Sep. 4, 2010
I stand in the rain waiting for my bus
and in the bus I wait for my stop.
I get let off and go to work
where I wait for the day to end
and then go home, waiting for the bus,
of course, and my stop.
And at home I read and wait
for my hour to go to bed
and I wait for the day I can retire
and wait for my turn to die.
It was on this day in 1998 that Google was first incorporated as a company. Google was the brainchild of two Ph.D. students at Stanford University, Larry Page and Sergey Brin. They designed a search engine with one important difference from all the others: Instead of giving you results based on how many times your search term appeared on a Web page, they created software that would figure out how many times each relevant website was linked to from other relevant websites and sorted those and then laid them out for you, all on a clear, simple screen. Google is now an incredibly powerful and profitable company. In June of 2006, "Google" was added to the Oxford English Dictionary as a verb.
It's the birthday of the man who said, "The artist must bow to the monster of his own imagination." That's writer Richard Wright, (books by this author) born on a plantation near Natchez, Mississippi (1908). He's the author of Black Boy (1945), White Man, Listen! (1957), and American Hunger (1997), as well as a number of short stories and a volume of haiku.
But he's best known for his novel Native Son (1940), about a black man named Bigger Thomas who gets a job as a chauffeur for beautiful young white woman and accidentally kills her. Native Son was a huge best-seller when it came out, and was soon afterward made into a Broadway musical. It's now required reading at many high schools across the country.
Richard Wright said, "I would hurl words into this darkness and wait for an echo, and if an echo sounded, no matter how faintly, I would send other words to tell, to march, to fight, to create a sense of hunger for life that gnaws in us all."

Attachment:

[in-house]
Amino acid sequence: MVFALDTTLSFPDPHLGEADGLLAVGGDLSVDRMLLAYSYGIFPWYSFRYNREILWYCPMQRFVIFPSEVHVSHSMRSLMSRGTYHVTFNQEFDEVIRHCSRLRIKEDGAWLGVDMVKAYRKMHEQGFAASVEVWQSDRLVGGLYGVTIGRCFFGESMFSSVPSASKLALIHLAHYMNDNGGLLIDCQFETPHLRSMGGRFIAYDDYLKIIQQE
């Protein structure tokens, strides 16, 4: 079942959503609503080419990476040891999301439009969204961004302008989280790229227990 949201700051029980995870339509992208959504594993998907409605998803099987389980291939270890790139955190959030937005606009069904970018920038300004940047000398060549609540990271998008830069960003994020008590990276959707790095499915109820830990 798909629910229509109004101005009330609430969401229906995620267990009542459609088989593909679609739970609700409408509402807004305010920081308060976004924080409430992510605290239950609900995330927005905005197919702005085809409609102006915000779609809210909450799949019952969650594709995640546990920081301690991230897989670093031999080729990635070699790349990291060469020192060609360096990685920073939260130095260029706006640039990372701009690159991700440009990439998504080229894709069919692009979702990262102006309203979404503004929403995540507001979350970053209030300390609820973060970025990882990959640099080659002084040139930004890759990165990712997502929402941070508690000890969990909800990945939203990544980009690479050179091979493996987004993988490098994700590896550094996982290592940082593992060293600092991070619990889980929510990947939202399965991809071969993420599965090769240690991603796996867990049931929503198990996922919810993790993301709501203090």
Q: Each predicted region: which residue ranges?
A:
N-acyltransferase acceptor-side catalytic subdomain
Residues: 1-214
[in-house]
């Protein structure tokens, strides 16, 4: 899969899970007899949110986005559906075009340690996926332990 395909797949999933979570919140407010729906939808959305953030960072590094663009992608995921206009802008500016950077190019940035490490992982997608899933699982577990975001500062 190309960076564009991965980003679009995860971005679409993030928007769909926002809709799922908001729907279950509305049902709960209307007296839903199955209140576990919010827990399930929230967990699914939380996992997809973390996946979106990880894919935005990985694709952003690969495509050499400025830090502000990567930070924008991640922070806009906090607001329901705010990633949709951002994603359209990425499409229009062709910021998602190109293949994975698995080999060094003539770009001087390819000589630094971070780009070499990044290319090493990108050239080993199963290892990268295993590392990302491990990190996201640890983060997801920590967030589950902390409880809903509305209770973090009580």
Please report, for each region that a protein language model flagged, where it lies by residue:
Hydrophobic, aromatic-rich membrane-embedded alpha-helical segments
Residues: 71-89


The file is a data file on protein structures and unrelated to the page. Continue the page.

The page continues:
This day in 1666 was the most destructive day of the Great Fire of London, which began a few days before. People had spent the previous couple of days scurrying to get their prized possessions out of the path of the fire, and diarist Samuel Pepys wrote about how chaos and confusion filled the streets, with people running and riding around, pushing carts full of their belongings, and "the fire coming on in that narrow streete, on both sides, with infinite fury."
"Only now and then walking into the garden, and saw how horridly the sky looks, all on a fire in the night, was enough to put us out of our wits; and, indeed, it was extremely dreadful, for it looks just as if it was at us; and the whole heaven on fire. I after supper walked in the darke down to Tower-streete, and there saw it all on fire, at the Trinity House on that side, and the Dolphin Taverne on this side, which was very near us; and the fire with extraordinary vehemence."
The system of firefighting basically involved demolishing houses in the path of the fire in the hopes of creating a firebreak. He said that "practice of blowing up of houses ... next the Tower ... at first did frighten people more than anything, but it stopped the fire where it was done."
The following day, September 5, the Great Fire was officially over. It had all started on September 2, when the king's baker, located on Pudding Lane, had neglected to turn the ovens off all of the way. Historians estimate that the Great Fire destroyed the homes of 70,000 of London's 80,000 residents, as well as almost 90 churches, most of the city's official buildings, St. Paul's Cathedral, and all of medieval London located within the old Roman city wall.
Be well, do good work, and keep in touch.®